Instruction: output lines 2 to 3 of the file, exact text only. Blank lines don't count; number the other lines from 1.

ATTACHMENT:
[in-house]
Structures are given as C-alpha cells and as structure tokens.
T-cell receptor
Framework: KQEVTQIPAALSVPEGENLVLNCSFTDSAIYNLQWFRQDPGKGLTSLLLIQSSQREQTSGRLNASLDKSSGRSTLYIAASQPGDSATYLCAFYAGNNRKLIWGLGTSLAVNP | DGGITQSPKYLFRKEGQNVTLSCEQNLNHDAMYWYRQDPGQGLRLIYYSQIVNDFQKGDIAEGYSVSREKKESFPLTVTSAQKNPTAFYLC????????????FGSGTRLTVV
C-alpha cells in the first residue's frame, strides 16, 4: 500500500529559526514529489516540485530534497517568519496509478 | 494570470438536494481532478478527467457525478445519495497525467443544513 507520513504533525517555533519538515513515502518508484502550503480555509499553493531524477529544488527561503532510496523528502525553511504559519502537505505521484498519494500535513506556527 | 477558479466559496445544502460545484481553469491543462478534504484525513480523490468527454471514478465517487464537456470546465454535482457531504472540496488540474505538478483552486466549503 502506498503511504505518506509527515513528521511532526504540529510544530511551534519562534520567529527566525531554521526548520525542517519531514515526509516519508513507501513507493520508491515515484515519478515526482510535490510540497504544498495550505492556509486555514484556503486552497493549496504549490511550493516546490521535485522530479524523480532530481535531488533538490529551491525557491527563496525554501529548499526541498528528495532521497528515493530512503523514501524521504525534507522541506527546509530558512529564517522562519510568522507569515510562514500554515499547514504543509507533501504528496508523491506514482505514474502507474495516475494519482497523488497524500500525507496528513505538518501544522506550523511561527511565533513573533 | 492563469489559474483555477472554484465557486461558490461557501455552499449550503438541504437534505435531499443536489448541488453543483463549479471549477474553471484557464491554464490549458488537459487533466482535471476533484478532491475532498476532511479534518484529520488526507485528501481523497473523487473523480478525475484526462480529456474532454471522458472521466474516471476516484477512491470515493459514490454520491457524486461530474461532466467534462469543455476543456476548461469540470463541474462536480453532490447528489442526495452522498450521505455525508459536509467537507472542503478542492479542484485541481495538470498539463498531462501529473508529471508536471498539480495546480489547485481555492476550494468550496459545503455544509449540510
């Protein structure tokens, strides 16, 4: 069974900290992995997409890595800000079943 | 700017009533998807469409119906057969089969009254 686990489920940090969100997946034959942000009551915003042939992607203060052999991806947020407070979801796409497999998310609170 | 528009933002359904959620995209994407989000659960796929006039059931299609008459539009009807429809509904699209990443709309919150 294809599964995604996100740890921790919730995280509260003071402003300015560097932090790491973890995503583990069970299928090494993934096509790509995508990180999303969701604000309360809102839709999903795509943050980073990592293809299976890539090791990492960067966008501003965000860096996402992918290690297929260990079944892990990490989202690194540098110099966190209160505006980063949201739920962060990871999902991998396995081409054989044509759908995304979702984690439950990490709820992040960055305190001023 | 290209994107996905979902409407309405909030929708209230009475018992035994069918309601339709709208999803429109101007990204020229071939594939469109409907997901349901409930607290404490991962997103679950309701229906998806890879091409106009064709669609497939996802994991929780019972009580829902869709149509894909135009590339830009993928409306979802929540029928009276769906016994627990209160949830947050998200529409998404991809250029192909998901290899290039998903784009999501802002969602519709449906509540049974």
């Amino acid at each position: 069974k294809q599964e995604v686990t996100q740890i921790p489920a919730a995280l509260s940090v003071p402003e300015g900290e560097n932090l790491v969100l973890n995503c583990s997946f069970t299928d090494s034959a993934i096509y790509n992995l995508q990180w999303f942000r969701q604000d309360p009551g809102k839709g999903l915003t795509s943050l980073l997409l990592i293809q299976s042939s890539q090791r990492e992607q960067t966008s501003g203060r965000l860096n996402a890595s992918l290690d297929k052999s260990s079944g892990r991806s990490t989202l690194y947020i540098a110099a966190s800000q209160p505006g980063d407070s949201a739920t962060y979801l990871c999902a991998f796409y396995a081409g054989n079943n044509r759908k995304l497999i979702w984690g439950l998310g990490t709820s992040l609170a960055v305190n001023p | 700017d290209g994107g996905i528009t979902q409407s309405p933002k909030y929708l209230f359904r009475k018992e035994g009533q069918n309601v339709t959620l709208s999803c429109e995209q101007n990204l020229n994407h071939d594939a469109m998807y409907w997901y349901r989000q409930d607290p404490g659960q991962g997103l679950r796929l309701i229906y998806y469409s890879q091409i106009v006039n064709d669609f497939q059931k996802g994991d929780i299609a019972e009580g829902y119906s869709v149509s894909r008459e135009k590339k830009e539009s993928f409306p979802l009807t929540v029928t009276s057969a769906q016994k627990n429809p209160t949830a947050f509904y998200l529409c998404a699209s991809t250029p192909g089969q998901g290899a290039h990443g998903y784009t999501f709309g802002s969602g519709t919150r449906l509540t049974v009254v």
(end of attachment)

Structures are given as C-alpha cells and as structure tokens.
T-cell receptor